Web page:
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The fatty Romanus lesion: a non-inflammatory spinal MRI lesion specific for axial spondyloarthropathy
  1. A N Bennett1,2,
  2. A Rehman3,
  3. E M A Hensor1,
  4. H Marzo-Ortega1,
  5. P Emery1,
  6. D McGonagle1
  1. 1Academic Section of Musculoskeletal Disease, Leeds Institute of Molecular Medicine. Chapel Allerton Hospital, Leeds, UK
  2. 2Defence Medical Rehabilitation Centre, Headley Court, Epsom, Surrey, UK
  3. 3Department of Medical Imaging, American Hospital Dubai, Dubai, United Arab Emirates
  1. Correspondence to Professor Dennis McGonagle, Rheumatology and Rehabilitation Research Unit, Academic Section of Musculoskeletal Disease, Leeds Institute of Molecular Medicine, Chapel Allerton Hospital, Chapel Town Rd, Leeds LS7 4SA, UK; d.g.mcgonagle{at}leeds.ac.uk

Abstract

Background Fatty changes at vertebral corners have been reported on MRI in ankylosing spondylitis but the distribution or specificity of these lesions to early axial spondyloarthropathy (axial-SpA) has not been determined.

Objective To assess the diagnostic utility of fatty Romanus lesions (FRLs) for axial-SpA in a population with chronic back pain.

Methods Axial-skeleton TI SE and fat-suppressed MRI were performed on 174 patients with back pain and 11 controls. MRI lesions including FRLs were scored blind. An imaging diagnosis was given on MRI findings alone and compared with the ‘gold standard’ treating doctor's diagnosis.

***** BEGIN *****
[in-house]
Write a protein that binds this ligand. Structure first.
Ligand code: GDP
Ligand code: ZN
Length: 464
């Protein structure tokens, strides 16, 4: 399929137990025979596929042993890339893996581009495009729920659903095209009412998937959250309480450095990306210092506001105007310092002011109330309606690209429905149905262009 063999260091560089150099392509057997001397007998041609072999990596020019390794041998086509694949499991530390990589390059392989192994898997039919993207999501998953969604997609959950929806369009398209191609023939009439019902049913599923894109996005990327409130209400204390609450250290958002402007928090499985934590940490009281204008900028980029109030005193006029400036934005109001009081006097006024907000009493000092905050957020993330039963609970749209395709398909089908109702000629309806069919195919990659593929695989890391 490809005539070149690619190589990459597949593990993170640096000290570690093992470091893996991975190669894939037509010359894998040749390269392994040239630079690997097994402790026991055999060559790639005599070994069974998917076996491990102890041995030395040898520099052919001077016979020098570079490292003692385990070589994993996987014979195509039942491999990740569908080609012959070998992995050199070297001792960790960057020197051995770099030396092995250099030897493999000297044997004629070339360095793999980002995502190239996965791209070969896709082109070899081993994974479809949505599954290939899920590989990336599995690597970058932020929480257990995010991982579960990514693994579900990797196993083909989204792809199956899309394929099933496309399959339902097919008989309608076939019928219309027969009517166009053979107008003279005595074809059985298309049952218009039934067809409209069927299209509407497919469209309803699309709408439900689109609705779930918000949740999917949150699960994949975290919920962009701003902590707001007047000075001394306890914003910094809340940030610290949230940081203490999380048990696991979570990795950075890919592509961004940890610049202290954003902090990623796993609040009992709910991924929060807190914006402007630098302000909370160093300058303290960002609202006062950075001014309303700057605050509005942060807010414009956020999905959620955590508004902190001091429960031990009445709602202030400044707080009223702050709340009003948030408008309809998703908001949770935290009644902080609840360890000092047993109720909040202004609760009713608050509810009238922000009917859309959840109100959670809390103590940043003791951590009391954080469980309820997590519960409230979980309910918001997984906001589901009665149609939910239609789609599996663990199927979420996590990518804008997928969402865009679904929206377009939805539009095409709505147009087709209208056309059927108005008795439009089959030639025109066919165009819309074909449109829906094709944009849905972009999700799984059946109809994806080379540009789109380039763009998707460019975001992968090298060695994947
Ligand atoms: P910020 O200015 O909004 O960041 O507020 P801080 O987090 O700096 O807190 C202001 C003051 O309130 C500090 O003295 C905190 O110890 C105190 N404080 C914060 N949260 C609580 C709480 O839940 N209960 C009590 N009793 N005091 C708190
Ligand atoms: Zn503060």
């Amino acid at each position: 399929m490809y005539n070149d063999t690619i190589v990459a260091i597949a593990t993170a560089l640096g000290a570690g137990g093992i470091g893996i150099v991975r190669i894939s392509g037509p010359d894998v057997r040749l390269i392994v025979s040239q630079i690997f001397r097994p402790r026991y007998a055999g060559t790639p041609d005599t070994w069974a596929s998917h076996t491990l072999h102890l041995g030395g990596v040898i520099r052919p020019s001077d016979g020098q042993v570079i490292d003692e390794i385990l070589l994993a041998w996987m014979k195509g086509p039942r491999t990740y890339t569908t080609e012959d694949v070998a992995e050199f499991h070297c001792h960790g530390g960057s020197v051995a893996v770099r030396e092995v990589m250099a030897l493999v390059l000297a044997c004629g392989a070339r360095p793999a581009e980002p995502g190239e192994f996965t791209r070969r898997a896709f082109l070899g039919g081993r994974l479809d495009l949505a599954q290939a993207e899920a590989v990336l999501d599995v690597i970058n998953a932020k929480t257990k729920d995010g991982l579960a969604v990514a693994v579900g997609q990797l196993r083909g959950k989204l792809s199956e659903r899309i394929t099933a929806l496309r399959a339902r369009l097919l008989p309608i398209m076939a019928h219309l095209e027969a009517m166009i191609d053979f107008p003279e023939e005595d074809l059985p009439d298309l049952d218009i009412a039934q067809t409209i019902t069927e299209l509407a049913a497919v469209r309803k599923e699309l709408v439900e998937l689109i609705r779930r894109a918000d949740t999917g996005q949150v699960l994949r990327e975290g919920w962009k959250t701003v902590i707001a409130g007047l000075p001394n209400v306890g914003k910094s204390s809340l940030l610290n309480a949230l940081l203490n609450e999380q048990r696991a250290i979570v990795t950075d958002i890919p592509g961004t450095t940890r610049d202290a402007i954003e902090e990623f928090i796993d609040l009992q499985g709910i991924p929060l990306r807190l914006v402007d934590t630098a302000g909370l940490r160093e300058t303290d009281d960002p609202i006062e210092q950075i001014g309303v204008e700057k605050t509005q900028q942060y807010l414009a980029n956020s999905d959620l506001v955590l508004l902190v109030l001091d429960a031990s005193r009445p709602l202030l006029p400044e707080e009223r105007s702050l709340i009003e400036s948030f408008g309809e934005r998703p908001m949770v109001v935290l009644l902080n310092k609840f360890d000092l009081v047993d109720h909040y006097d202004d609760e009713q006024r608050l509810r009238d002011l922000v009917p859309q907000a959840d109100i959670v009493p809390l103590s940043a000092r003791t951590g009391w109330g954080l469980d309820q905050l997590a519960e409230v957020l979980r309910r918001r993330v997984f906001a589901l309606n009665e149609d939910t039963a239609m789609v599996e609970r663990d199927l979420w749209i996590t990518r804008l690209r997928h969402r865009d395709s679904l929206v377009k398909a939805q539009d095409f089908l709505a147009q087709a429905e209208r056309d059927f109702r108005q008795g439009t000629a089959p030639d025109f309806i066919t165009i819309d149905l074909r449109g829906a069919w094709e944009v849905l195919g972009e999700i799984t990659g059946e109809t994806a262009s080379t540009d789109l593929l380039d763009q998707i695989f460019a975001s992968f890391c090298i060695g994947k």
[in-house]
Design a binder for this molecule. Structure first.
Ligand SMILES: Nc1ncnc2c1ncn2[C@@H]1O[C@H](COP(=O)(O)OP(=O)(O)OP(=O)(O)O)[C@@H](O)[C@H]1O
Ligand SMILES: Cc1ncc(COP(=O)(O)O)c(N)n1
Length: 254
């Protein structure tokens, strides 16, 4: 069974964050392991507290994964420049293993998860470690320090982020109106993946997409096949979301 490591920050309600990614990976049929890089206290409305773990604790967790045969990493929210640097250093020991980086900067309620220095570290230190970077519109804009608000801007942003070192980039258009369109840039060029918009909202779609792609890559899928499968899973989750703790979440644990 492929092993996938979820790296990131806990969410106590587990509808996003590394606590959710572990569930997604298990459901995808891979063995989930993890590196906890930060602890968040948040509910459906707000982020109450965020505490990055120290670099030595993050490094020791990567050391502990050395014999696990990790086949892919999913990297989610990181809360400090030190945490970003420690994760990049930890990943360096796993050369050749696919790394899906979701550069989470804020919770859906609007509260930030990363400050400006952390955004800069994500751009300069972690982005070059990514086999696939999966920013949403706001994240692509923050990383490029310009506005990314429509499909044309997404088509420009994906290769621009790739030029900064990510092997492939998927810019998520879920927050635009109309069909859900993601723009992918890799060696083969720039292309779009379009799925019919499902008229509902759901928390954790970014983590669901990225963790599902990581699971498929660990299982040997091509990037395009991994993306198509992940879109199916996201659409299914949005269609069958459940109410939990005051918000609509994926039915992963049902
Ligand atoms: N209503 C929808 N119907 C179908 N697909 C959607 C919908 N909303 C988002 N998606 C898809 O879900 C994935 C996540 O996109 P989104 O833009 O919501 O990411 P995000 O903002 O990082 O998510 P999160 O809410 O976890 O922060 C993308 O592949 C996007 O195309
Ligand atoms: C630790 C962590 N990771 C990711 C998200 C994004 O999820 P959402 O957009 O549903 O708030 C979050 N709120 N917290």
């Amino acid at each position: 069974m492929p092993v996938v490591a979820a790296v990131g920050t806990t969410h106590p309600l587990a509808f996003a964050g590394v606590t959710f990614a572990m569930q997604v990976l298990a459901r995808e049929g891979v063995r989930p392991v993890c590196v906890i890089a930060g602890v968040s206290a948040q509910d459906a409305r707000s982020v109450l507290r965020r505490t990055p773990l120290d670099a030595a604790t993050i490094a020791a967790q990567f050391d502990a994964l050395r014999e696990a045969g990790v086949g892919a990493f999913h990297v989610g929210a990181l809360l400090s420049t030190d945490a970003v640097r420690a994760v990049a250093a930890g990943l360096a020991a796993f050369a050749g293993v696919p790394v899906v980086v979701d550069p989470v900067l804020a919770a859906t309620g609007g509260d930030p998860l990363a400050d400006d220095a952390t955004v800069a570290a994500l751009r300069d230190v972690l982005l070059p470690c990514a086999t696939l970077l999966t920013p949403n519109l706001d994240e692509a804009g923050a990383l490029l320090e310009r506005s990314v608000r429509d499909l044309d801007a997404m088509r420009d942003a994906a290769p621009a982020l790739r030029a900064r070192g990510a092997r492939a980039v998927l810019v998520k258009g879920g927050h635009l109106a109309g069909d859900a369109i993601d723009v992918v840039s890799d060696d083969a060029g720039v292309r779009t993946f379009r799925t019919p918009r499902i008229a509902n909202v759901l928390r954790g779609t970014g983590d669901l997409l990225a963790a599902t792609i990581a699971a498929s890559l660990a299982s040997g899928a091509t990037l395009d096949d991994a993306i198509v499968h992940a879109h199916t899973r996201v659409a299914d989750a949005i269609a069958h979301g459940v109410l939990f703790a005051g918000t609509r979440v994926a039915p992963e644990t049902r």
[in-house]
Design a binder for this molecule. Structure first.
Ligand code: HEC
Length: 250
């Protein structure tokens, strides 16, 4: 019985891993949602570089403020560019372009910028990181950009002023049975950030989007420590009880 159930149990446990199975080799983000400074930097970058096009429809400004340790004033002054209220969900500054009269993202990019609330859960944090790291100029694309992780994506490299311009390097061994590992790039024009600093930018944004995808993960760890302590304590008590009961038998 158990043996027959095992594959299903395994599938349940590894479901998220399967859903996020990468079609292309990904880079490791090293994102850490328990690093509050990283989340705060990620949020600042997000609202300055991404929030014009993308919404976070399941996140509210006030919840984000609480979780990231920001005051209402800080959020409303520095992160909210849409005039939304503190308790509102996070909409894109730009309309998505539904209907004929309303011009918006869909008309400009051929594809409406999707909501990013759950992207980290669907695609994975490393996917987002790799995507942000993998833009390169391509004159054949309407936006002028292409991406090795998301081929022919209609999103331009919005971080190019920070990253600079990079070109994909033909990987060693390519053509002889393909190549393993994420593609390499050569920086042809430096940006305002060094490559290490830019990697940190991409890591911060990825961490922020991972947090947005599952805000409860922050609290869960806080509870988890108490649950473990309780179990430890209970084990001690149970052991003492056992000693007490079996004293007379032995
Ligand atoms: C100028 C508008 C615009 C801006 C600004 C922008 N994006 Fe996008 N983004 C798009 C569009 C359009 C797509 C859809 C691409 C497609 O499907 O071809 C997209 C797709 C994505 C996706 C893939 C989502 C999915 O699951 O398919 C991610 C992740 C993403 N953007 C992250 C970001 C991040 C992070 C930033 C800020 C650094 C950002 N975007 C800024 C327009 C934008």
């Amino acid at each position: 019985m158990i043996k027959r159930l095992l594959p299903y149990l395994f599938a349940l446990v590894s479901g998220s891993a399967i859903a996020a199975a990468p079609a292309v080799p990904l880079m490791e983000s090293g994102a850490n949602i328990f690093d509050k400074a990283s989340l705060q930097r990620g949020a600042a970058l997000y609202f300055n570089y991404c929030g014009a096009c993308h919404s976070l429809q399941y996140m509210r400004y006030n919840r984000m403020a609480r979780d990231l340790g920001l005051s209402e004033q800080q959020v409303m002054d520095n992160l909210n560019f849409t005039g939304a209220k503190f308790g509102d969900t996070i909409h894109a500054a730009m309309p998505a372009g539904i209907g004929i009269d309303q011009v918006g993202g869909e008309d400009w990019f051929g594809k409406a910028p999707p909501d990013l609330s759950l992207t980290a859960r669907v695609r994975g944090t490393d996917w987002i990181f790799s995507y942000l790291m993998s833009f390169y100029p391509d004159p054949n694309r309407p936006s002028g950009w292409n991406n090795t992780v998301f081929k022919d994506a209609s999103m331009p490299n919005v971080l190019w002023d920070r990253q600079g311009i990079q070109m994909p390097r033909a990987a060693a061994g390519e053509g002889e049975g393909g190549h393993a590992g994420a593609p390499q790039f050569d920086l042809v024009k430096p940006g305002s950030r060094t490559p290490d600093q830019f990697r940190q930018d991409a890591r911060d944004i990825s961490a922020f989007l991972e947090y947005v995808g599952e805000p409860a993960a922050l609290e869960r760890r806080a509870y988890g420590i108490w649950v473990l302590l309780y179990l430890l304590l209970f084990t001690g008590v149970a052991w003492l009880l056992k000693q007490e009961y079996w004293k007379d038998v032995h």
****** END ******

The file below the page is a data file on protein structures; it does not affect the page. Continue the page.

Results Twenty-nine patients had FRLs: 31% (20/64) of patients with spondyloarthropathy, 13% (6/45) with degenerative arthritis, 4% (2/45) with spinal malignancy, 5% (1/20) with ‘other’ diagnoses; none of 11 normal subjects had FRLs. The majority of the FRLs in SpA 60% (135/226) were present in the thoracic spine. The diagnostic utility of FRLs for SpA (likelihood ratio (LR) = 4.7) was significantly (p<0.05) greater than for other diagnoses and increased further (LR = 12.6, p<0.05) when more than five FRLs were present. Of note 5/20 (25%) patients with SpA with FRLs had no diagnostic bone-oedema lesions on fat-suppressed MRI, suggesting that FRLs may be useful diagnostically in axial-SpA.

Conclusion This study defines the FRL as a diagnostic imaging feature of axial-SpA, which may be useful where inflammatory changes are absent on fat-suppression MRI and where radiography is normal.

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Footnotes

  • Competing interests None.

  • Ethics approval This study was conducted with the approval of the Halifax and Huddersfield NHS trust research and ethics committee.

  • Provenance and peer review Not commissioned; externally peer reviewed.

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